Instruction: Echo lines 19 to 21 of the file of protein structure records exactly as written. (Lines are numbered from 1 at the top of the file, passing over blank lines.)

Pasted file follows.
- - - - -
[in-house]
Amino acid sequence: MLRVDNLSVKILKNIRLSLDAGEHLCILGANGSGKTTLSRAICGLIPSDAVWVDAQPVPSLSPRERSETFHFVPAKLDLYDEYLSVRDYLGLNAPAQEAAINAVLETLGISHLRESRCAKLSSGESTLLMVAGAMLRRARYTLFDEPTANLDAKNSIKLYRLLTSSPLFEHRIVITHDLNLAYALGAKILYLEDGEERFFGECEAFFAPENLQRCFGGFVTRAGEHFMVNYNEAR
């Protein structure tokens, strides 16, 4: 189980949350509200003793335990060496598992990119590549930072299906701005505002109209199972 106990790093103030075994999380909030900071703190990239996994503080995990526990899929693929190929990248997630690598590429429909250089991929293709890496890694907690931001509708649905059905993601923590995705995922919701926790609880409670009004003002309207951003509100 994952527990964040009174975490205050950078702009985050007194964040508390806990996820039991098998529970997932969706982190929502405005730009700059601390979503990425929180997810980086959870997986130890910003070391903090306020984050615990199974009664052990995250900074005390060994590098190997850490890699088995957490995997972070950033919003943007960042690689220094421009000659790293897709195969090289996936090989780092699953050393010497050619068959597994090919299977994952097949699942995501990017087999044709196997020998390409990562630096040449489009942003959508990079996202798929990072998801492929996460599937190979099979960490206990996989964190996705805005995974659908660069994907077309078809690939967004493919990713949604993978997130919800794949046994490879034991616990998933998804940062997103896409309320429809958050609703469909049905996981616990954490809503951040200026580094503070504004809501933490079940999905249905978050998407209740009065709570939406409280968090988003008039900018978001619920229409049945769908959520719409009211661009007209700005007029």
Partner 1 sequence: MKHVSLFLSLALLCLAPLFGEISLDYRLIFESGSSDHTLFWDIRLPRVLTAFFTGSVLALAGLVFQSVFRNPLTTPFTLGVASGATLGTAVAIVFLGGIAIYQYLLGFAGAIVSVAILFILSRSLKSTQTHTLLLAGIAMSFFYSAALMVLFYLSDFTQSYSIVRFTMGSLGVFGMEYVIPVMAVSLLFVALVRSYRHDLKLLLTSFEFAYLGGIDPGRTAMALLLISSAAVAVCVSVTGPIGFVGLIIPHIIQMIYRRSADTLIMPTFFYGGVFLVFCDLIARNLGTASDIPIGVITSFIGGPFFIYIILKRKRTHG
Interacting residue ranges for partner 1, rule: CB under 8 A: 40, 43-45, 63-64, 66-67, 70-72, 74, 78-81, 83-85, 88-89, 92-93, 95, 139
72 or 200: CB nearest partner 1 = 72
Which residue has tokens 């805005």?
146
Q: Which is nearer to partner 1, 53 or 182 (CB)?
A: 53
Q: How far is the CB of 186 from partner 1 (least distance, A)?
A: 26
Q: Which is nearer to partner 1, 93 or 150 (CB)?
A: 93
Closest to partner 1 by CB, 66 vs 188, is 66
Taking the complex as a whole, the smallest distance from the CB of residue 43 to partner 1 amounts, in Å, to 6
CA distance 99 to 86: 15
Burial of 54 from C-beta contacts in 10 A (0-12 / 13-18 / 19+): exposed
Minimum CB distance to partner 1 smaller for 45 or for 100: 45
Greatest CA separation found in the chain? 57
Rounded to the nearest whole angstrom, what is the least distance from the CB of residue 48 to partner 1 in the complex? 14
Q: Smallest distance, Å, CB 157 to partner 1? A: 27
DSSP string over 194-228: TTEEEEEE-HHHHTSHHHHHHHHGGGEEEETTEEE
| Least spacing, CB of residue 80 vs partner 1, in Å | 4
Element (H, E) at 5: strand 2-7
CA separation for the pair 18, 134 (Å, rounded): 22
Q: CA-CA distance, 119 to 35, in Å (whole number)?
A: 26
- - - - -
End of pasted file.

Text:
Minimum CB distance to partner 1 smaller for 45 or for 100: 45
Greatest CA separation found in the chain? 57
Rounded to the nearest whole angstrom, what is the least distance from the CB of residue 48 to partner 1 in the complex? 14